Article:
Aloe Vera: Side Effects And Cautions
While considered safe in topical form when used as directed, the Food and Drug Administration doesn’t regulate aloe vera products.
This means that it’s up to you, the consumer, to use aloe vera safely and to report any adverse skin reactions to your doctor.
You may also consider steering clear of aloe vera if you have a severe burn or other significant wounds. In fact, there’s even some evidence that aloe may decrease your skin’s natural ability to heal from deep wounds related to surgery.
Some users may experience itching or slight burning as the aloe vera goes to work in your skin. However, if you experience a rash or hives, you could have a sensitivity to the gel and should stop using it immediately.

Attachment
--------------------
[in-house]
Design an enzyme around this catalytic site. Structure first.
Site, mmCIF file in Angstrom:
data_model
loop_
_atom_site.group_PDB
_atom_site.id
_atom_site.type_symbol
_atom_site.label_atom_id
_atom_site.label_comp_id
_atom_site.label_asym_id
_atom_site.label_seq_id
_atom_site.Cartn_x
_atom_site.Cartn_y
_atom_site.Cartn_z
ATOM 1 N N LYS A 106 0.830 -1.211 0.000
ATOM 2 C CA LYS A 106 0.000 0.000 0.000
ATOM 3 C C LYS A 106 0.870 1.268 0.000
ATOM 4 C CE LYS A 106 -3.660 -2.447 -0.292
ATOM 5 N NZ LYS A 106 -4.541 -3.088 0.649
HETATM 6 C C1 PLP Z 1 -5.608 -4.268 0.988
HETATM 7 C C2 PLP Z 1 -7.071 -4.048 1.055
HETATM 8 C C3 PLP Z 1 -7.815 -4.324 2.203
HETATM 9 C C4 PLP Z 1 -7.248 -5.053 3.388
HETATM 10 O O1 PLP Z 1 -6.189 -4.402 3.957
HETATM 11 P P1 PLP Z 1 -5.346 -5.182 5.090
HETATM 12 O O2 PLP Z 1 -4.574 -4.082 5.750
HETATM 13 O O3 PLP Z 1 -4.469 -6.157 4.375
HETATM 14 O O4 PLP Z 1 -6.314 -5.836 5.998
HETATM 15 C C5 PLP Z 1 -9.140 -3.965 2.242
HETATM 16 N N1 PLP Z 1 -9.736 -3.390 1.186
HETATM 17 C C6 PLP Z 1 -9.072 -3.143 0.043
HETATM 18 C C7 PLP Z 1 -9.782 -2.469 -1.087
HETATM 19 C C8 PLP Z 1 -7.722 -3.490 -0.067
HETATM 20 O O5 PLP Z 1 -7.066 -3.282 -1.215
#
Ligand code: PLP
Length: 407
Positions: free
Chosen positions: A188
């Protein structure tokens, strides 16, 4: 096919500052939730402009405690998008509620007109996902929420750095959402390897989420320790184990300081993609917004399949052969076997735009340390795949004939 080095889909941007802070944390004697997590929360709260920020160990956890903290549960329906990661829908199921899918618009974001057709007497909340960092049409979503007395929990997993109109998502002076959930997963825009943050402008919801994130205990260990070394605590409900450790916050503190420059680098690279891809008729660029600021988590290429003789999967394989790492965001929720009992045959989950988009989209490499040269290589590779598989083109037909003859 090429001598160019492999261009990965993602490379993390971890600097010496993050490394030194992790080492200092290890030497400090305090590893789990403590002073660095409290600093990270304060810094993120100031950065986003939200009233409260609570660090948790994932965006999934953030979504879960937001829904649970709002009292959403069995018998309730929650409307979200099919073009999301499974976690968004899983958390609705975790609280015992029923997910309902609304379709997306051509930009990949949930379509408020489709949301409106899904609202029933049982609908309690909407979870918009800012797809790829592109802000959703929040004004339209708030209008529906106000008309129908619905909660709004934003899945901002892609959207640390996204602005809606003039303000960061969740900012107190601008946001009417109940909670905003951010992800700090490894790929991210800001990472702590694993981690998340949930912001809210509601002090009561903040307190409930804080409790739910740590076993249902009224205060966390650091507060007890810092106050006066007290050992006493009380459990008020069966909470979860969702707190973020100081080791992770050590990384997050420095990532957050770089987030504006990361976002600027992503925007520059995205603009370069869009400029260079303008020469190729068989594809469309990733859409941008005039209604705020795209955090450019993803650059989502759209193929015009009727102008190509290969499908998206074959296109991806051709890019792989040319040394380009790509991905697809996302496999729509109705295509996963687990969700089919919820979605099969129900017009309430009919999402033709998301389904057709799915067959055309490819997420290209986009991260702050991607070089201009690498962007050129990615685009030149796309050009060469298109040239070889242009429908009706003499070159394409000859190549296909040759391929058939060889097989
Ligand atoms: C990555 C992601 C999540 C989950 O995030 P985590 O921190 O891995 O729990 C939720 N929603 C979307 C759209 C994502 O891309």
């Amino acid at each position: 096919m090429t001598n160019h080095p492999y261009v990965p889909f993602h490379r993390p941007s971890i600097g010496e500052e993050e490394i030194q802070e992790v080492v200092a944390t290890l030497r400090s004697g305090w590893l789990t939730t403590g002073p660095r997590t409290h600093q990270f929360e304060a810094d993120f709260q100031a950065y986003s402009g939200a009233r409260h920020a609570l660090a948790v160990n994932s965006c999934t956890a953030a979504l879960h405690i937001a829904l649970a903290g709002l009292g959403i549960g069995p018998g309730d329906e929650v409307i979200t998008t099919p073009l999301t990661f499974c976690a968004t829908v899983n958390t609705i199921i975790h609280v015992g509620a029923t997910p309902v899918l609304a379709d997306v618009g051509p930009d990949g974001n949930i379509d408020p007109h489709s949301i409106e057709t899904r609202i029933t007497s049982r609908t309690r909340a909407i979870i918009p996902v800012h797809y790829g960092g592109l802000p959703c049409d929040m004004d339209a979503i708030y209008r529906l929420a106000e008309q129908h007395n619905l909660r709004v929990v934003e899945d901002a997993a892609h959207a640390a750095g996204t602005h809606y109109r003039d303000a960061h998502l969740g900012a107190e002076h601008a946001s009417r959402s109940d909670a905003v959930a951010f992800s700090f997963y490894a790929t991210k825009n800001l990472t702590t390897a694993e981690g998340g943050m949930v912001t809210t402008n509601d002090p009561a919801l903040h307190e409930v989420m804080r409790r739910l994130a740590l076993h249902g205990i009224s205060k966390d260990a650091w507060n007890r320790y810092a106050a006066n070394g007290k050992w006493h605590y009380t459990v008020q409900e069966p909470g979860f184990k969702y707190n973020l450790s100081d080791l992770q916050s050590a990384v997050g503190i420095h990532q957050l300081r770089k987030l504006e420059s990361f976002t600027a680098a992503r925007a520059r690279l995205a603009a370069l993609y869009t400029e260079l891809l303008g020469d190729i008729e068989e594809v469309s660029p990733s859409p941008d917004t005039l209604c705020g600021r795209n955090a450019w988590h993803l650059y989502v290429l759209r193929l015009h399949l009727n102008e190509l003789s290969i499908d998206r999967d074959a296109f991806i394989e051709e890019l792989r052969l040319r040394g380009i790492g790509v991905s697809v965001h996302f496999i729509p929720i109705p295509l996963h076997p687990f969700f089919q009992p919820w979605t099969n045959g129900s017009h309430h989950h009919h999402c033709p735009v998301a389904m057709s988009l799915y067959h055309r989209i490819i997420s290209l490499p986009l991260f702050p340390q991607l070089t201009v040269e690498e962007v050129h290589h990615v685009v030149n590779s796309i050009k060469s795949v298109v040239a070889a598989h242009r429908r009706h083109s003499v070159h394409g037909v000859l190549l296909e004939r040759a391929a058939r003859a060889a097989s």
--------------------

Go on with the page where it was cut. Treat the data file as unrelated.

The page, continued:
Don’t use aloe vera gel on infected skin. While the gel has microbial properties, its protective layer can disrupt the healing process and make an infection worse.
Aloe vera may be a source of natural treatment for a variety of skin ailments. Still, the National Center for Complementary and Integrative HealthTrusted Source says there’s not enough definitive evidence to support all the purported benefits of aloe, though it’s safe when used on the skin.
Remember that topical aloe gel isn’t the same as using the plant directly on your face.
If you use aloe vera on your skin and don’t see any improvements within a few days, call your dermatologist. They can help with specific concerns you have regarding your overall skin health.